Getting a reaction: Over a million emoji reactions from Newsela’s mobile app
It’s been four years since an emoji was selected as Oxford Dictionaries’ Word of the Year. Today, they appear across messaging and media platforms and supplement—if not supplant—much of our written communication, and the trend starts young. A recent WIRED article titled “Children Are Using Emoji for Digital-Age Language Learning” explored how toddlers are communicating with emoji as a gateway to reading and writing. Emojis have even made their way into the classroom, with a wide variety of resources and case studies shared by teachers who offer guidance on using emojis in teaching.
Here at Newsela, we’re always seeking out novel ways to keep students engaged. So in designing Newsela Student, Newsela’s mobile app, our developers built in the ability for students to react to stories they’re reading using a selection of six different emojis: Happy, Sad, Love, Shocked, Confused, and Angry. With more than a million emoji responses added to Newsela articles, what can we say about how students feel about what they’re reading - and what does it mean for reading engagement?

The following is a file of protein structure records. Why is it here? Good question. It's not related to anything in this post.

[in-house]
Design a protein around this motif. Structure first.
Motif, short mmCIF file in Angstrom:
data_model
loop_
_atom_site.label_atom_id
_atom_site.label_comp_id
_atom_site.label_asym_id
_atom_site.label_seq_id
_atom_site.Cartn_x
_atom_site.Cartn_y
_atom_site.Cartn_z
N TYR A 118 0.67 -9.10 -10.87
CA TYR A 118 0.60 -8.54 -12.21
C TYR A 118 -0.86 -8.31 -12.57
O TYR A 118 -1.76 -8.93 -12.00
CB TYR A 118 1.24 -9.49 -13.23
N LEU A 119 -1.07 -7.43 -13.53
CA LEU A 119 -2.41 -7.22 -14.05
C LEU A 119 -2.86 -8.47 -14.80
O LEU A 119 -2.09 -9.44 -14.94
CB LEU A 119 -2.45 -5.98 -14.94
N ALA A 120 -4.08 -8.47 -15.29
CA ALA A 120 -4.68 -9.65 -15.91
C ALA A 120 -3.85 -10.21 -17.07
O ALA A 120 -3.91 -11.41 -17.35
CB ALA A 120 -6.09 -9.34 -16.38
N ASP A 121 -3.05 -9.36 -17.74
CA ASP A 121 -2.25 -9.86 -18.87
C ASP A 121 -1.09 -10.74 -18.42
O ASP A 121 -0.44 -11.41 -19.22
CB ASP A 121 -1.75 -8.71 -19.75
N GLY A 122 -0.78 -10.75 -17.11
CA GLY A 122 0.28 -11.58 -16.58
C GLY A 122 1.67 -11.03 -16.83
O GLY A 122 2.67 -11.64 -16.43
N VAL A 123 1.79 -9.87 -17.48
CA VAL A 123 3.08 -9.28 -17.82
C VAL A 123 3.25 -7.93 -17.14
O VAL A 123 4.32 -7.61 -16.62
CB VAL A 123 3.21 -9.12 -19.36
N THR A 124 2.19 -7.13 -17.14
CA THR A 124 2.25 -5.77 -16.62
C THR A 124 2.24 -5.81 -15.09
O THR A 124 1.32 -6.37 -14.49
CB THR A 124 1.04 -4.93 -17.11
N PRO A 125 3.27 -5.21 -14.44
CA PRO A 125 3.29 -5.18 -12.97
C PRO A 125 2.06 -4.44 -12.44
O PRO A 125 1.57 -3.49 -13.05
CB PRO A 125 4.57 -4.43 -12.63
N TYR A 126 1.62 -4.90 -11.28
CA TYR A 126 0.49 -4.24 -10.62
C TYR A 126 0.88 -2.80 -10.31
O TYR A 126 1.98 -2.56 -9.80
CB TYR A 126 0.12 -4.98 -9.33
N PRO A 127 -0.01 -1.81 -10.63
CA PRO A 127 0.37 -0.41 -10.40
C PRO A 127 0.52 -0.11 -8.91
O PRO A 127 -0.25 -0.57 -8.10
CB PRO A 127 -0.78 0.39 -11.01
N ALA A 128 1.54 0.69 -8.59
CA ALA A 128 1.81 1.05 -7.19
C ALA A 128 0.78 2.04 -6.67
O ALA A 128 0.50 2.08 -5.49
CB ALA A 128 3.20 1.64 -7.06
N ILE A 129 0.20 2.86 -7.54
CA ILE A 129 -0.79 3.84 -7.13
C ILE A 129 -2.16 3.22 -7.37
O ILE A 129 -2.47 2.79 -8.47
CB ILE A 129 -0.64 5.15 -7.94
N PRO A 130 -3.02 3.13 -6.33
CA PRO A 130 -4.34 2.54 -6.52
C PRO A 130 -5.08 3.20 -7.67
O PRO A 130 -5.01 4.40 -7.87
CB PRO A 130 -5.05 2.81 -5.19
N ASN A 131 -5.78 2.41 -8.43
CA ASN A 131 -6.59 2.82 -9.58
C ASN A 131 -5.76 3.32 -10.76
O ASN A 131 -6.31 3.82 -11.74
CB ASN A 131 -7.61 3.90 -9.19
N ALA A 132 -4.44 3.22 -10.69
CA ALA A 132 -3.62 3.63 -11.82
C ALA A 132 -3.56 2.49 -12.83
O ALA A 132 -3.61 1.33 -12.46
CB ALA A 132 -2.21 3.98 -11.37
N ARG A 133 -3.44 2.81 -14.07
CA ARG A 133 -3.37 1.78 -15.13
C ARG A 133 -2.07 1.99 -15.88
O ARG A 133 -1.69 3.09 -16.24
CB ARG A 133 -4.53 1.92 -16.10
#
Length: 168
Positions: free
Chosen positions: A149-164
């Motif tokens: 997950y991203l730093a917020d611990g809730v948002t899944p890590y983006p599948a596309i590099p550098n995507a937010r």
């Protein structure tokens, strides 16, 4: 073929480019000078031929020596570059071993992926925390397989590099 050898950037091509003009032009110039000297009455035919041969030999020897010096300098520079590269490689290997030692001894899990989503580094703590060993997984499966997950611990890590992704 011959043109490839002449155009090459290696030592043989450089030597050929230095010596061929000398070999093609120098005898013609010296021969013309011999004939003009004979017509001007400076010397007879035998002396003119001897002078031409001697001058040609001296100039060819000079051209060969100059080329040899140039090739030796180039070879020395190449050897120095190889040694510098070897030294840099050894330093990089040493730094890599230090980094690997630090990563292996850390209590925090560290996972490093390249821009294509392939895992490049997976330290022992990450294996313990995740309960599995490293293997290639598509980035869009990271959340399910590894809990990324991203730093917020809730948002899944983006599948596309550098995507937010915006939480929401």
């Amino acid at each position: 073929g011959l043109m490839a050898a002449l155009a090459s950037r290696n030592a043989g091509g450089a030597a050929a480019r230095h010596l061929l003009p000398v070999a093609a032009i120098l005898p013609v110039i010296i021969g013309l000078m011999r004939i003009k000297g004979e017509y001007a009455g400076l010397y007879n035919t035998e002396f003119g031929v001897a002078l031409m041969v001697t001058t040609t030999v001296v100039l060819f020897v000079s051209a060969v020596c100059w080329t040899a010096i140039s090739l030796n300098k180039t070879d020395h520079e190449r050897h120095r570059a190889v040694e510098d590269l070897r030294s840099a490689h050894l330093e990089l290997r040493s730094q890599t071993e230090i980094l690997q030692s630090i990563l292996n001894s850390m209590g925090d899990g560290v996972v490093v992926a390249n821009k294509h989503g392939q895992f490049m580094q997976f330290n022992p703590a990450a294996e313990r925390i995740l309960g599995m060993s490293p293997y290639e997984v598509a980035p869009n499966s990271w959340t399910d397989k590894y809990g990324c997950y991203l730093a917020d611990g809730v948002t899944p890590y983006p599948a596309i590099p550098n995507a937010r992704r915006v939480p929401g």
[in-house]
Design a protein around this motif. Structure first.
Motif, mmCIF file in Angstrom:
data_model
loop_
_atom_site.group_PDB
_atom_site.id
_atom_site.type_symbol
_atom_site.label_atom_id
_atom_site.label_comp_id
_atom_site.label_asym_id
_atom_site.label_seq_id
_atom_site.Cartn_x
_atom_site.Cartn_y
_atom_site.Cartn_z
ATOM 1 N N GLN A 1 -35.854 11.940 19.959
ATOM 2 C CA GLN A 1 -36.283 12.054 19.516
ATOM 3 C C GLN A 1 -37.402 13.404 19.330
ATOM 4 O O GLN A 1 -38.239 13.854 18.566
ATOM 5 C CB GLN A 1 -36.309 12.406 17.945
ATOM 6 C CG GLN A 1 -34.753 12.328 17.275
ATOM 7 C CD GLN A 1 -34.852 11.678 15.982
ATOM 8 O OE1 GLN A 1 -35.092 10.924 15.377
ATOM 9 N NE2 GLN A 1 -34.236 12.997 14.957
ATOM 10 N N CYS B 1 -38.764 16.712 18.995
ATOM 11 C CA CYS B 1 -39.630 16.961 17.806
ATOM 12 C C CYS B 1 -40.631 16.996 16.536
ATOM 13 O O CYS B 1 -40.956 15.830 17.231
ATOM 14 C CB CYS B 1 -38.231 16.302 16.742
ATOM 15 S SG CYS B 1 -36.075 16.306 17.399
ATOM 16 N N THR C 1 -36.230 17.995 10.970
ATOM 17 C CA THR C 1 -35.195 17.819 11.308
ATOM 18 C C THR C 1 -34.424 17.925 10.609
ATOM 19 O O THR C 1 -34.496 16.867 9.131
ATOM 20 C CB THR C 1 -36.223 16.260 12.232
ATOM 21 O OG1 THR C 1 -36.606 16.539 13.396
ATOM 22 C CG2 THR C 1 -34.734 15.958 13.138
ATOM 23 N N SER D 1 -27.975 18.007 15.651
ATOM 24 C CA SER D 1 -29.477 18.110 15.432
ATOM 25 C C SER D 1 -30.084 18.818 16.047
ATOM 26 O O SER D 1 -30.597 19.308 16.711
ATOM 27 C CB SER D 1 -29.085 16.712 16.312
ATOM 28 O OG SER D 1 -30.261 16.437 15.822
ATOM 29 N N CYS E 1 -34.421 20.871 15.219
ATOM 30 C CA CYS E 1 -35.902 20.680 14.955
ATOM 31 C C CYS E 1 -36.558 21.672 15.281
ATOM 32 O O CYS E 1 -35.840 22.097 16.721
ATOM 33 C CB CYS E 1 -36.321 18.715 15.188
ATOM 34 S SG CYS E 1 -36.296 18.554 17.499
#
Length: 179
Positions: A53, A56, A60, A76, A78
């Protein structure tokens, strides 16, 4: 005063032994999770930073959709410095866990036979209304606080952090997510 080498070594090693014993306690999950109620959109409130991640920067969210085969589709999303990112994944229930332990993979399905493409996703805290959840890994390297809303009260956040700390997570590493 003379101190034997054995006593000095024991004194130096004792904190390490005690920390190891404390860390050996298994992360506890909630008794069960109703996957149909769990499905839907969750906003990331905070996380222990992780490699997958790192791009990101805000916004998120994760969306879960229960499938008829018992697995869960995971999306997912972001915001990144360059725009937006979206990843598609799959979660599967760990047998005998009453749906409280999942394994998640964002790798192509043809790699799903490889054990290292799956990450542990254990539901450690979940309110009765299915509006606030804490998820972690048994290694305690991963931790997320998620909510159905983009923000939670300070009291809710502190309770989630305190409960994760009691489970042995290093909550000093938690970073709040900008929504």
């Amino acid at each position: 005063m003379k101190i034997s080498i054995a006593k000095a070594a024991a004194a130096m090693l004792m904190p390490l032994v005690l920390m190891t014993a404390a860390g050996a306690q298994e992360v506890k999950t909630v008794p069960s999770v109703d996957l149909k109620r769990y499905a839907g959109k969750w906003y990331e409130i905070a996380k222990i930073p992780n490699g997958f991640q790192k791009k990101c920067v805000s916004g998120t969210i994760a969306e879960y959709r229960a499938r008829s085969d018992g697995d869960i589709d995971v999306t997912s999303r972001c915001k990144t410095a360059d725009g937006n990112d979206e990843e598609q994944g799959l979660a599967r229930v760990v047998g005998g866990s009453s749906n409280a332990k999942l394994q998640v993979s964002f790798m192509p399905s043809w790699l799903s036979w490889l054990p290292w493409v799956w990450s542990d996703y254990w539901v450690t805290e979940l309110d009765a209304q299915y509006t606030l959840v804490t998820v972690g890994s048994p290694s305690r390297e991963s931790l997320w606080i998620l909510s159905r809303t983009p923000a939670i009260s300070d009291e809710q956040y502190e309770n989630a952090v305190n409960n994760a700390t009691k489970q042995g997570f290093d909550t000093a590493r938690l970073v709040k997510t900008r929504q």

The most common emoji reaction students added to stories was Shocked, though based on the articles that received this response the emotion communicated seems more akin to excitement and surprise than dismay. Top articles that got this emoji included stories of children doing incredible things (a seven-year-old runner breaking records; a 14-year-old who discovered a bug in Apple’s FaceTime app), as well as scientific feats like an explorer who examines fiery craters and a future car that would walk on legs.
When it came to Confused, students weren’t sure what to think about the egg that became Instagram’s most-liked post, or a student opinion piece positing Android phones may be more innovative than Apple ones.
Stories that made students Happy? Articles referencing the Fortnite video game came out ahead, as well as a piece on edible slime.
News that gaming can actually be helpful got a lot of Love, along with a story about a city of ice in China. Students used fewer Angry and Sad emojis than the other four reactions, and the stories that elicited these more negative responses generally weren’t surprising: the Notre Dame Cathedral Fire, college cheating, and the Mars Rover running out of fuel.
So what does this mean for student engagement? Our team found that students who have an opportunity to react with an emoji are more likely to read more articles and perform more additional activities (like quizzes or annotations), especially students in elementary grades.
Overall, the fact that responses like surprise and joy were shared more frequently tracks with overall trends in emoji use. The most popular emojis used on Twitter, Instagram, and Facebook currently include the heart, “smiling face with heart-eyes,” and of course, that 2015 Word of the Year: “face with tears of joy.”
As for student engagement with emojis, we’d love to hear from you on what you’d like to see next. Teacher visibility into emoji reactions? Students anonymously viewing how their peers reacted? Let us know via social media on Facebook or Twitter.